CBD or cannabidiol is a cannabinoid found in high concentrations in cannabis plants that would be considered medicinal or hemp quality. Since cannabis that is high in CBD does not produce an intoxicating effect, it’s unnattractive for recreational consumers. Because of its medicinal qualities CBD remains in high demand among medicinal users.

CBD becomes effective effective in doses as low as 10 mg and can treat a wide range neurological and inflammatory symptoms. CBD has shown remarkable effectiveness in treating epilepsy, PTSD, anxiety, and neuropathic pain.

THC or CBD can be taken alone to great effect. (Though natural cannabis extractions will always carry at least trace amounts of the other.) However, they show a powerful synergizing effect when used in concert. Patients tend to report more symptom relief when these cannabinoids are taken together. Also, CBD appears to temper the intoxicating effects of THC so patients can enjoy its therapeutic qualities without the more pronounced psychological effects.

We hope this information is helpful to you. We aim to be a resource for people hoping to navigate the complexities of medical cannabis so if you have any questions please reach out to us on Facebook, Twitter @CITIVAllc, Instagram @citivacannameds, or email info@citiva.com.



Germany’s Medical Cannabis Program Could Be Game Changing

Last week, Germany joined a growing list of countries and territories that have legalized cannabis for medical purposes. The German medical cannabis program is not expected to be very large and will be strictly limited to “patients suffering from serious illness, such as multiple sclerosis, chronic pain, serious appetite loss or nausea from chemotherapy who receive a prescription from their doctor.” Though this may seem like a relatively small victory, it may be the impetus for massive progress medical cannabis.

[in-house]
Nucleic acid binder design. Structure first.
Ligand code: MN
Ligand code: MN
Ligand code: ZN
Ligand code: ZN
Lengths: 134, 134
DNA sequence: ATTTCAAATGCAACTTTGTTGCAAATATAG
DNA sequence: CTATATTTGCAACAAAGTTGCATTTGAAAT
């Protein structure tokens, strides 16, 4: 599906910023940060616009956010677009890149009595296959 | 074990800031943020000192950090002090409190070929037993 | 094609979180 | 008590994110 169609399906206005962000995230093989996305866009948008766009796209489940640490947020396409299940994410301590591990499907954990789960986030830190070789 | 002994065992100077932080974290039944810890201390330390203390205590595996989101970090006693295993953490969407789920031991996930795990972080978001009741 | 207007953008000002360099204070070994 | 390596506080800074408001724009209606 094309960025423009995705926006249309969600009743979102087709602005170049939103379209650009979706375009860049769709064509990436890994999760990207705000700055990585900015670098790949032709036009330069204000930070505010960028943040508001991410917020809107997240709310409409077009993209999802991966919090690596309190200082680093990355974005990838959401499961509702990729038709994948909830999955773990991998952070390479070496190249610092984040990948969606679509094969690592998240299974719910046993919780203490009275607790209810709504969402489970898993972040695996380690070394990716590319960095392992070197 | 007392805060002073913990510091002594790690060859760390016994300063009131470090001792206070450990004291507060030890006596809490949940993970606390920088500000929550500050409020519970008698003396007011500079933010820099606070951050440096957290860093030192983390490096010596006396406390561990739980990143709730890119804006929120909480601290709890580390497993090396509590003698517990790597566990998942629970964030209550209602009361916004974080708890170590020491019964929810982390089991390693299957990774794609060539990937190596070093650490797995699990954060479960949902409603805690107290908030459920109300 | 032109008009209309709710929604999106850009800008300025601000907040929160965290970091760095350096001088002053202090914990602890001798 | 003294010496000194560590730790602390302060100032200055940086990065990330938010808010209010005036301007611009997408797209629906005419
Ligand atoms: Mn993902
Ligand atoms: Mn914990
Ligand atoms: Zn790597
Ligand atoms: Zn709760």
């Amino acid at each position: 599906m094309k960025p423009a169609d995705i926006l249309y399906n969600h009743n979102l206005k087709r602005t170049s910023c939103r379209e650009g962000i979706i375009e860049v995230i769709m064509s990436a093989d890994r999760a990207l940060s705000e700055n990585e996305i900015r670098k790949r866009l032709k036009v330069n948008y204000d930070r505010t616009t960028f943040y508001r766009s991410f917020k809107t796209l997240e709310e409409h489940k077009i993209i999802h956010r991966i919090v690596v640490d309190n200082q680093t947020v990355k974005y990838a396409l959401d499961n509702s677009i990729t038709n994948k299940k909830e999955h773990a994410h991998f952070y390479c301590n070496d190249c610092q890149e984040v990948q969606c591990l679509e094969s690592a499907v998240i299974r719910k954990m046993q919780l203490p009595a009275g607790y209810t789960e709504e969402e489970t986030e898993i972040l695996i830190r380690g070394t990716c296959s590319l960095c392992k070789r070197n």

The legislation that created Germany’s medical cannabis program may have passed with little fanfare or controversy but it could potentially have far reaching international implications. As Europe’s largest economy, Germany is quite influential in the EU and around the world. With its support on the national level (as opposed to the US where states have taken the lead), the German example could encourage other smaller nations to follow suit. This would be especially true should the program help the country save on healthcare costs as it has in the US states that have legalized cannabis for medical purposes

The fact that Germany’s program will be carried out by doctors and pharmacists could be a major boon for research and cause greater understanding in the medical community. One of the hurdles facing medical cannabis is the fact that few doctors understand how it works and how it should be applied in a clinical setting. This program will likely encourage doctors to be better informed so they can better server their patients. As understanding grows, that information will be shared throughout the world’s medical community. Also, Germany has long been a world leader in pharmaceutical research so with some of the legal barriers removed companies in the country may invest and see major advances.